One of the biggest advantages of Expo is that upgrades are easier than React Native CLI. The Expo team works towards abstracting the native iOS and Android complexities so that developers don’t need to worry about updating native code when they upgrade React Native. Upgrading Expo versions is not a one-command exercise but is simpler and more predictable than upgrading a React Native CLI project. Expo’s clear and detailed upgrade guides ensure that developers have a smooth upgrade process by following the changes to be made in the code and configuration.
Example: “Upgrading your app” section in Expo SDK 48
Expo comes with a client app called Expo Go, which allows developers to view and test the development app on a physical device without having to go through the App Store or Google Play. But the real power of Expo Go lies in its ability to create better collaboration between developers and team members such as testers or product owners. Developers can share their development server with testers, allowing them to instantly see the changes made to the app, thus improving the feedback loop. This ultimately results in a more streamlined development process and a better end product.
React Native CLI, on the other hand, requires us to set up our testing environment manually, and apps cannot be tested on actual devices without uploading the builds to the App Store or Google Play.
If we want to collaborate with the world, Expo makes it possible using Expo Snack. Expo Snack is an excellent tool for sharing runnable code snippets and inviting feedback from others. It’s easier to share a link to our code and get a second opinion on a problem.
Public Snacks can be found here.
Expo Application Services or EAS is a service that makes it easier to build, test, and publish apps built using Expo. With EAS, we can build and ship apps to a real device in minutes without having to set up complicated build systems. EAS also provides an automated app submission process that makes submitting the app to the iOS App Store and Google Play Store easier. With EAS, developers can define multiple environments (dev, staging, and production) with different configuration values. EAS also automatically manages the App release version and build numbers for both platforms.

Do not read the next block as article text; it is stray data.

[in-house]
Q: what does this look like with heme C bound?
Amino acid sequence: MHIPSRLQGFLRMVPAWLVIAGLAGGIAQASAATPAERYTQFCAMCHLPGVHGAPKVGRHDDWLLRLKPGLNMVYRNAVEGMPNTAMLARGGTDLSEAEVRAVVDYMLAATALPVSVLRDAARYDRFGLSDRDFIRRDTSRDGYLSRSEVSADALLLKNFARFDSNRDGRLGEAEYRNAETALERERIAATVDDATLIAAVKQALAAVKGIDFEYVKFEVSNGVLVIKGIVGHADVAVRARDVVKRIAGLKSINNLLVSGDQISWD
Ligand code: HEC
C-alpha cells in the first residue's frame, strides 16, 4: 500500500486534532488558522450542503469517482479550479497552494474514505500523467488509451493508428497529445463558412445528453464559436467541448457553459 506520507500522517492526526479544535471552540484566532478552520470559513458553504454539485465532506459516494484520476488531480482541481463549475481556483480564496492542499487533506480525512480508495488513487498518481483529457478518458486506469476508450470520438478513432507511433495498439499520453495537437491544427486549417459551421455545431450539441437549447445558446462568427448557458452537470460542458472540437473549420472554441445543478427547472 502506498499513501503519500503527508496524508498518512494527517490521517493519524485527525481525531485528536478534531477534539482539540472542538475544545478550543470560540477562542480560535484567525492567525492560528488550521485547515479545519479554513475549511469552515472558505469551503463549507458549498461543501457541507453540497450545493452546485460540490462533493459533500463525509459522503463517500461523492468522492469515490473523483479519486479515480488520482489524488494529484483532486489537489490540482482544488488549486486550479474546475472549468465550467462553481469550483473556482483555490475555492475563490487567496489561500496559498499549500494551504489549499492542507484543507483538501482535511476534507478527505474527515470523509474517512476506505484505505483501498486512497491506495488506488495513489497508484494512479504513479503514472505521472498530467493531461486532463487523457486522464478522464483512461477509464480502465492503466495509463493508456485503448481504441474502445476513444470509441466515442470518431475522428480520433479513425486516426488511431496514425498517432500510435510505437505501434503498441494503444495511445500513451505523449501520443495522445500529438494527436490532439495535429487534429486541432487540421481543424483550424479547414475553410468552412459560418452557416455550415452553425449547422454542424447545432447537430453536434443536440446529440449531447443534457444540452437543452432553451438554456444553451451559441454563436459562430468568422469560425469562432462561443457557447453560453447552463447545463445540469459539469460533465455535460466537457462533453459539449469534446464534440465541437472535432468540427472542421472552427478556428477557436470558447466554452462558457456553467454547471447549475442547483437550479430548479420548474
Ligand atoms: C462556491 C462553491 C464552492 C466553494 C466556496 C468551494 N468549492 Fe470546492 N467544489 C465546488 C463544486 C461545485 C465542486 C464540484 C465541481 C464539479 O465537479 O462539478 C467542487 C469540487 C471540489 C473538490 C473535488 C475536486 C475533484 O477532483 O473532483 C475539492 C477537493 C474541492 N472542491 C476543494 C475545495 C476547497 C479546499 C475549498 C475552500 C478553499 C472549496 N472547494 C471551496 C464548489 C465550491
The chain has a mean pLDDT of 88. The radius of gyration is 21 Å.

This is otherwise hard with React Native CLI. Automating it using a tool like FastLane is difficult and time-consuming. With Expo, developers can focus on building the app rather than worrying about the intricacies of the app build and submission process.
Expo also provides EAS updates that implement an over-the-air (OTA) app update solution without submitting an App build to the iOS and Android app stores. This is similar to Microsoft’s React Native CodePush but is available out of the box while using EAS. This means that developers can easily update the app without having to go through the submission process, making it faster to iterate, address issues, and improve our app over time.
While EAS offers a free plan that allows teams to use all the above features on their Expo apps, there are some limitations to the free plan. Users may experience longer wait times for their builds to complete during periods of high demand. To address this, users can choose to upgrade to the paid plan that offers a priority queue for faster app builds, among other features.
While this post might make it seem like Expo is better than React Native CLI, it’s important to note that Expo is not a separate framework from React Native. Rather, it’s built on top of React Native and is dependent on the innovation and improvements made by the React Native community. Therefore, it’s not a comparison but rather an explanation of the additional benefits that Expo offers.
Overall, Expo should be the default choice for most mobile projects. If you’re starting with React Native, we highly recommend trying out Expo to make your development journey smoother and more productive. If you’re interested in learning more about thoughtbot or how we work with React Native, check out our work.